Roads

The facts about road building

It's time to squash some myths about road building:

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MYTH: We can build our way out of congestion.

FACT: No, we can't. Road building just generates more traffic growth. New capacity makes journeys quicker in the short term, so people drive more often and even move further from work where houses are cheaper. Traffic also relocates from other congested roads. Traffic generation from new roads was studied for years and resulted in a landmark report by the Standing Advisory Committee on Trunk Road Assessment (SACTRA) called ‘Trunk roads and the generation of traffic’, HMSO, 1994. This is the only major study into trunk roads and traffic growth and concluded that new roads generate new traffic growth.

A major independent study (Beyond Transport Infrastructure, a pdf) into the impact of the Newbury bypass and 2 other road schemes showed that traffic levels predicted for 2010 in Newbury were already reached by 2003 – and that traffic had increased by almost 50% in that period. New development around the road was partially to blame for the increases.

MYTH: Drivers pay road tax so have a right to new roads

FACT: Roads are paid for out of general taxation and council tax. Motorists originally paid a 'road fund license' which was ring-fenced to pay for road building and repair. However this was abolished in 1926, by then-Chancellor of the Exchequer Winston Churchill, who feared that the fund would lead to drivers feeling that they owned the road.

Modern 'road tax' - Vehicle Excise Duty - goes into general taxation. Roads are either paid for from council tax (in the case of smaller, local road schemes) or general taxation (for larger, regional and national schemes). Pedestrians and cyclists therefore contribute just as much towards the cost of road building and maintenance as drivers.

MYTH: We have to use our cars.

FACT: Not all car journeys are essential. Work by consultancy Transport for Quality of Life shows that 40% of journeys could be done by other means, another 40% could be changed if there was a small amount of investment, whilst only a 20% could not be done without a car.

Most journeys are short, even in rural areas, and could be done by cycling or walking. 23% of car journeys are less than two miles, which is less than a half-hour walk, or about a 10-minute bike ride (see the National Travel Survey, a pdf, page 16).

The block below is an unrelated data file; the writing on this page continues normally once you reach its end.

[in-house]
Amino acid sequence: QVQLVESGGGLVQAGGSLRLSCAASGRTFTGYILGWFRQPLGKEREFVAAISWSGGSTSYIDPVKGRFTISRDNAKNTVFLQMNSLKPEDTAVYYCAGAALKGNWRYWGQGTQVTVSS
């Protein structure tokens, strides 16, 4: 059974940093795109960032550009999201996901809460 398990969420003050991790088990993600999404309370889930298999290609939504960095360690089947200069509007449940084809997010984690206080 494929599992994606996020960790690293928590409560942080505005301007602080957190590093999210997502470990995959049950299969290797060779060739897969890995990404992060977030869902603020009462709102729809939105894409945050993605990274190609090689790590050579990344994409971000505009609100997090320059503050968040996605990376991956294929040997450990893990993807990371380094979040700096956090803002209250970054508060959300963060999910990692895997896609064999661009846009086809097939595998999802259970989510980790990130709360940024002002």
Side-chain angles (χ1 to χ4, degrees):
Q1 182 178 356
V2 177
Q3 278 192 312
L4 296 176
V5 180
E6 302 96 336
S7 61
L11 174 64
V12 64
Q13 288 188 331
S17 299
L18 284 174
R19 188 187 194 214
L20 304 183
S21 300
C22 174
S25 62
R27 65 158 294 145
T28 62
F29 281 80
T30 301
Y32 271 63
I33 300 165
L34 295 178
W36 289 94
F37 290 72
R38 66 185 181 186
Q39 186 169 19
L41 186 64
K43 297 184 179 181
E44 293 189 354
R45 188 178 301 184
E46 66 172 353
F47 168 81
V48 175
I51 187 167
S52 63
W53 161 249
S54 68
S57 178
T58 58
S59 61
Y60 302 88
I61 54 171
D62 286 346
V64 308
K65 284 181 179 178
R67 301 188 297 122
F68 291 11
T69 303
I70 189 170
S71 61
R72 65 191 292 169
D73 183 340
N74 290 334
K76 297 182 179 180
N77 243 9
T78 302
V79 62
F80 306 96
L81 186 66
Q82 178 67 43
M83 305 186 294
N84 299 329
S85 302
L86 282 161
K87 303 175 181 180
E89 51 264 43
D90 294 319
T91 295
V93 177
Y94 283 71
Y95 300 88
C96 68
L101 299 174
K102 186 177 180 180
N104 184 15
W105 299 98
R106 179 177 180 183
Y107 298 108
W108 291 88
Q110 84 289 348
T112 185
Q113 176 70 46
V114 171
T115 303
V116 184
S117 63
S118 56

We could also reduce the need to travel, by stopping the closure of small hospitals, shops and post offices – and improving rural buses would help people in the countryside get about without their cars. There’s still plenty of scope for improvement!

MYTH: People love cars and won’t give them up.

FACT: Nearly half of Britain's drivers say they could already use their cars less often. The British Social Attitudes Survey, conducted annually since 1983, found that about 80% of people think the current level of car use in the UK is having a serious, detrimental effect, and 66% say everyone should respond by using vehicles less often.

45% of drivers were willing and able to find other types of transport. Another 12% were able to use the car less, but unsure whether they were prepared to do so. And 18% were willing to cut back - but unable to do so for lack of public transport or safe routes for walking or cycling.

MYTH: There are no alternatives to driving.

FACT: We need more investment in the alternatives, but that won’t happen if we pour money into road building. Interim results of the Sustainable Travel Towns pilot run by the Government and Sustrans have been a great success – reducing car use by over 10% and increasing levels of public transport use, walking and cycling. This is at a fraction of the cost of road building.

Car clubs are a great alternative to private car use, and can reduce car use by over 60% (pdf). Many short journeys could easily be walked or cycled, and investing in buses and trains would give more people alternatives to driving.

MYTH: More road capacity is necessary for the economy.

FACT: Not according to the only major Government study into the economic benefits of road building. The impact of transport on the economy was studied by the Standing Advisory Committee on Trunk Road Assessment who reported in their 1999 SACTRA report that new roads are not necessary for economic growth: "the empirical evidence of the scale and significance of [economic benefits from road building] is weak and disputed."

The SACTRA report found that extra roads can even make poor areas worse as people and businesses use the new link to relocate or commute out. The Thames Gateway Bridge is an excellent example of this: the inspector rejected the bridge because it would bring lots of cars through poorer areas but do nothing to regenerate them.

Last updated: 12 May 2010
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